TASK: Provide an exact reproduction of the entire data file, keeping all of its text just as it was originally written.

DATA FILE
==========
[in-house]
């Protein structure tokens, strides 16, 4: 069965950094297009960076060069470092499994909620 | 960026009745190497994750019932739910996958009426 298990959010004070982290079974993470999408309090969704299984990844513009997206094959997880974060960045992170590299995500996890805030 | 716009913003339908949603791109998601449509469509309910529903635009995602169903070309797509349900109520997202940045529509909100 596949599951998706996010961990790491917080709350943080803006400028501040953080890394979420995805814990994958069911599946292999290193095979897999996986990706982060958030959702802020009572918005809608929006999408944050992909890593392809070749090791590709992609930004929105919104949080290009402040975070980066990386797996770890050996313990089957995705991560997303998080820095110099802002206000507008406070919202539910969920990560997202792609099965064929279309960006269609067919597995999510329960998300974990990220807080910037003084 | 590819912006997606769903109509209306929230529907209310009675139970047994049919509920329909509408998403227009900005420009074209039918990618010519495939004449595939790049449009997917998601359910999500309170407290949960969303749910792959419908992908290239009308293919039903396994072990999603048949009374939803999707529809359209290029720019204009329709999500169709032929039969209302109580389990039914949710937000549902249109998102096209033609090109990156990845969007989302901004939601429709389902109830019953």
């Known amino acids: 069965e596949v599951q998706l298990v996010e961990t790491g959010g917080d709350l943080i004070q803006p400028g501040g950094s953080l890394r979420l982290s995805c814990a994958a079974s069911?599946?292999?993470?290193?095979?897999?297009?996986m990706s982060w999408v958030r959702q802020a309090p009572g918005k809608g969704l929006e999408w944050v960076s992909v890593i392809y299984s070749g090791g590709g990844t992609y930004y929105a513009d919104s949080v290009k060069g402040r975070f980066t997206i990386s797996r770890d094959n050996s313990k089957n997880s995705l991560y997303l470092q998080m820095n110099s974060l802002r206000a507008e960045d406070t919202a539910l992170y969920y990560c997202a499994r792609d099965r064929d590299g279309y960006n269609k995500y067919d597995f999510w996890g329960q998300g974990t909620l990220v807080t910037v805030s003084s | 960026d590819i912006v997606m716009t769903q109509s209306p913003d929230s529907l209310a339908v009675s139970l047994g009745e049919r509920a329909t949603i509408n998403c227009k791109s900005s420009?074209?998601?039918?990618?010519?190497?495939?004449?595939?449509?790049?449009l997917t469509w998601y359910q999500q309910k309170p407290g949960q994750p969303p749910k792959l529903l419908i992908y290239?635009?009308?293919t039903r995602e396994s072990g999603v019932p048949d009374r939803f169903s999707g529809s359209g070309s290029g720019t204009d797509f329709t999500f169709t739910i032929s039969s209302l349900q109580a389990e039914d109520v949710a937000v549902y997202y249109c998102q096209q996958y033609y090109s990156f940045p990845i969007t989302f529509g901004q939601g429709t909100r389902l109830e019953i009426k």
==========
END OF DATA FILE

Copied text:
[in-house]
């Protein structure tokens, strides 16, 4: 069965950094297009960076060069470092499994909620 | 960026009745190497994750019932739910996958009426 298990959010004070982290079974993470999408309090969704299984990844513009997206094959997880974060960045992170590299995500996890805030 | 716009913003339908949603791109998601449509469509309910529903635009995602169903070309797509349900109520997202940045529509909100 596949599951998706996010961990790491917080709350943080803006400028501040953080890394979420995805814990994958069911599946292999290193095979897999996986990706982060958030959702802020009572918005809608929006999408944050992909890593392809070749090791590709992609930004929105919104949080290009402040975070980066990386797996770890050996313990089957995705991560997303998080820095110099802002206000507008406070919202539910969920990560997202792609099965064929279309960006269609067919597995999510329960998300974990990220807080910037003084 | 590819912006997606769903109509209306929230529907209310009675139970047994049919509920329909509408998403227009900005420009074209039918990618010519495939004449595939790049449009997917998601359910999500309170407290949960969303749910792959419908992908290239009308293919039903396994072990999603048949009374939803999707529809359209290029720019204009329709999500169709032929039969209302109580389990039914949710937000549902249109998102096209033609090109990156990845969007989302901004939601429709389902109830019953």
């Known amino acids: 069965e596949v599951q998706l298990v996010e961990t790491g959010g917080d709350l943080i004070q803006p400028g501040g950094s953080l890394r979420l982290s995805c814990a994958a079974s069911?599946?292999?993470?290193?095979?897999?297009?996986m990706s982060w999408v958030r959702q802020a309090p009572g918005k809608g969704l929006e999408w944050v960076s992909v890593i392809y299984s070749g090791g590709g990844t992609y930004y929105a513009d919104s949080v290009k060069g402040r975070f980066t997206i990386s797996r770890d094959n050996s313990k089957n997880s995705l991560y997303l470092q998080m820095n110099s974060l802002r206000a507008e960045d406070t919202a539910l992170y969920y990560c997202a499994r792609d099965r064929d590299g279309y960006n269609k995500y067919d597995f999510w996890g329960q998300g974990t909620l990220v807080t910037v805030s003084s | 960026d590819i912006v997606m716009t769903q109509s209306p913003d929230s529907l209310a339908v009675s139970l047994g009745e049919r509920a329909t949603i509408n998403c227009k791109s900005s420009?074209?998601?039918?990618?010519?190497?495939?004449?595939?449509?790049?449009l997917t469509w998601y359910q999500q309910k309170p407290g949960q994750p969303p749910k792959l529903l419908i992908y290239?635009?009308?293919t039903r995602e396994s072990g999603v019932p048949d009374r939803f169903s999707g529809s359209g070309s290029g720019t204009d797509f329709t999500f169709t739910i032929s039969s209302l349900q109580a389990e039914d109520v949710a937000v549902y997202y249109c998102q096209q996958y033609y090109s990156f940045p990845i969007t989302f529509g901004q939601g429709t909100r389902l109830e019953i009426k």